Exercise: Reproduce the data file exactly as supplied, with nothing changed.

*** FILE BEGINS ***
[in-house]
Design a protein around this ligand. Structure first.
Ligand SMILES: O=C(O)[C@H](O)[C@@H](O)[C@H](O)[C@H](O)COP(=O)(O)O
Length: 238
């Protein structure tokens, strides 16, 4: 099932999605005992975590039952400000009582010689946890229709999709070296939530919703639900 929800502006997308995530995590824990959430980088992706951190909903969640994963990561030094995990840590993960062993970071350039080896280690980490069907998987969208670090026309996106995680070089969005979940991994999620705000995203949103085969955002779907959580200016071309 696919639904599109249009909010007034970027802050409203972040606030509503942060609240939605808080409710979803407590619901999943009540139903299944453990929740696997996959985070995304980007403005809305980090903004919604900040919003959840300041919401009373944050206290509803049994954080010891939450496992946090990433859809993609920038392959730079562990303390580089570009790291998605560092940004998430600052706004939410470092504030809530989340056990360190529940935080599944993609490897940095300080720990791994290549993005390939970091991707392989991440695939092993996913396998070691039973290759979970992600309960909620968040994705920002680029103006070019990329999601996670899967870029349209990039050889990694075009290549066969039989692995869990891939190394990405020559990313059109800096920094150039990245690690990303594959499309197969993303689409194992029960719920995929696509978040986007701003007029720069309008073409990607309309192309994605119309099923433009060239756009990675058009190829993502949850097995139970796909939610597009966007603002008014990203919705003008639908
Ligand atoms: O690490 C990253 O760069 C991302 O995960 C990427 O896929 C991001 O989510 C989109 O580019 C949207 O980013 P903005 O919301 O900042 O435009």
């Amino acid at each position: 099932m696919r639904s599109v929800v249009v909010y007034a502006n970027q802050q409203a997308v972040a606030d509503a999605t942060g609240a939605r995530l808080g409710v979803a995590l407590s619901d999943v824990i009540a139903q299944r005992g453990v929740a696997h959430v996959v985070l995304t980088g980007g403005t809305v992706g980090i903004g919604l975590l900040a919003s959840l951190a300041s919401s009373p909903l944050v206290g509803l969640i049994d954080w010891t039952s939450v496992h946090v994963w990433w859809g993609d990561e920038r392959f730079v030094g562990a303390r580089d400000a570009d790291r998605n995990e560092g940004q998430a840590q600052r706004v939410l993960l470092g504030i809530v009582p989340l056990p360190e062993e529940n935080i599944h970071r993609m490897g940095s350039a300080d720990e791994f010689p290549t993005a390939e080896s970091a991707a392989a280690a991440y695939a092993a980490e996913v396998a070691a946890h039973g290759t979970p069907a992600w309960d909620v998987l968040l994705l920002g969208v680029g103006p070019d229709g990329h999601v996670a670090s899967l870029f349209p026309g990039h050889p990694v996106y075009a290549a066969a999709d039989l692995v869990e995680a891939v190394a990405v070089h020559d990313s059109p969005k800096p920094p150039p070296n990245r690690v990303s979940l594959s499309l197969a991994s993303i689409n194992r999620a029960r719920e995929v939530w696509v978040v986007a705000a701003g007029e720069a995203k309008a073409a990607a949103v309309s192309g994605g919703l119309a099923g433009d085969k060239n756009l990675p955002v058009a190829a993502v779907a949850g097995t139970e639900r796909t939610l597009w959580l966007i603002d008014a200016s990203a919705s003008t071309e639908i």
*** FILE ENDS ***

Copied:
[in-house]
Design a protein around this ligand. Structure first.
Ligand SMILES: O=C(O)[C@H](O)[C@@H](O)[C@H](O)[C@H](O)COP(=O)(O)O
Length: 238
């Protein structure tokens, strides 16, 4: 099932999605005992975590039952400000009582010689946890229709999709070296939530919703639900 929800502006997308995530995590824990959430980088992706951190909903969640994963990561030094995990840590993960062993970071350039080896280690980490069907998987969208670090026309996106995680070089969005979940991994999620705000995203949103085969955002779907959580200016071309 696919639904599109249009909010007034970027802050409203972040606030509503942060609240939605808080409710979803407590619901999943009540139903299944453990929740696997996959985070995304980007403005809305980090903004919604900040919003959840300041919401009373944050206290509803049994954080010891939450496992946090990433859809993609920038392959730079562990303390580089570009790291998605560092940004998430600052706004939410470092504030809530989340056990360190529940935080599944993609490897940095300080720990791994290549993005390939970091991707392989991440695939092993996913396998070691039973290759979970992600309960909620968040994705920002680029103006070019990329999601996670899967870029349209990039050889990694075009290549066969039989692995869990891939190394990405020559990313059109800096920094150039990245690690990303594959499309197969993303689409194992029960719920995929696509978040986007701003007029720069309008073409990607309309192309994605119309099923433009060239756009990675058009190829993502949850097995139970796909939610597009966007603002008014990203919705003008639908
Ligand atoms: O690490 C990253 O760069 C991302 O995960 C990427 O896929 C991001 O989510 C989109 O580019 C949207 O980013 P903005 O919301 O900042 O435009």
């Amino acid at each position: 099932m696919r639904s599109v929800v249009v909010y007034a502006n970027q802050q409203a997308v972040a606030d509503a999605t942060g609240a939605r995530l808080g409710v979803a995590l407590s619901d999943v824990i009540a139903q299944r005992g453990v929740a696997h959430v996959v985070l995304t980088g980007g403005t809305v992706g980090i903004g919604l975590l900040a919003s959840l951190a300041s919401s009373p909903l944050v206290g509803l969640i049994d954080w010891t039952s939450v496992h946090v994963w990433w859809g993609d990561e920038r392959f730079v030094g562990a303390r580089d400000a570009d790291r998605n995990e560092g940004q998430a840590q600052r706004v939410l993960l470092g504030i809530v009582p989340l056990p360190e062993e529940n935080i599944h970071r993609m490897g940095s350039a300080d720990e791994f010689p290549t993005a390939e080896s970091a991707a392989a280690a991440y695939a092993a980490e996913v396998a070691a946890h039973g290759t979970p069907a992600w309960d909620v998987l968040l994705l920002g969208v680029g103006p070019d229709g990329h999601v996670a670090s899967l870029f349209p026309g990039h050889p990694v996106y075009a290549a066969a999709d039989l692995v869990e995680a891939v190394a990405v070089h020559d990313s059109p969005k800096p920094p150039p070296n990245r690690v990303s979940l594959s499309l197969a991994s993303i689409n194992r999620a029960r719920e995929v939530w696509v978040v986007a705000a701003g007029e720069a995203k309008a073409a990607a949103v309309s192309g994605g919703l119309a099923g433009d085969k060239n756009l990675p955002v058009a190829a993502v779907a949850g097995t139970e639900r796909t939610l597009w959580l966007i603002d008014a200016s990203a919705s003008t071309e639908i």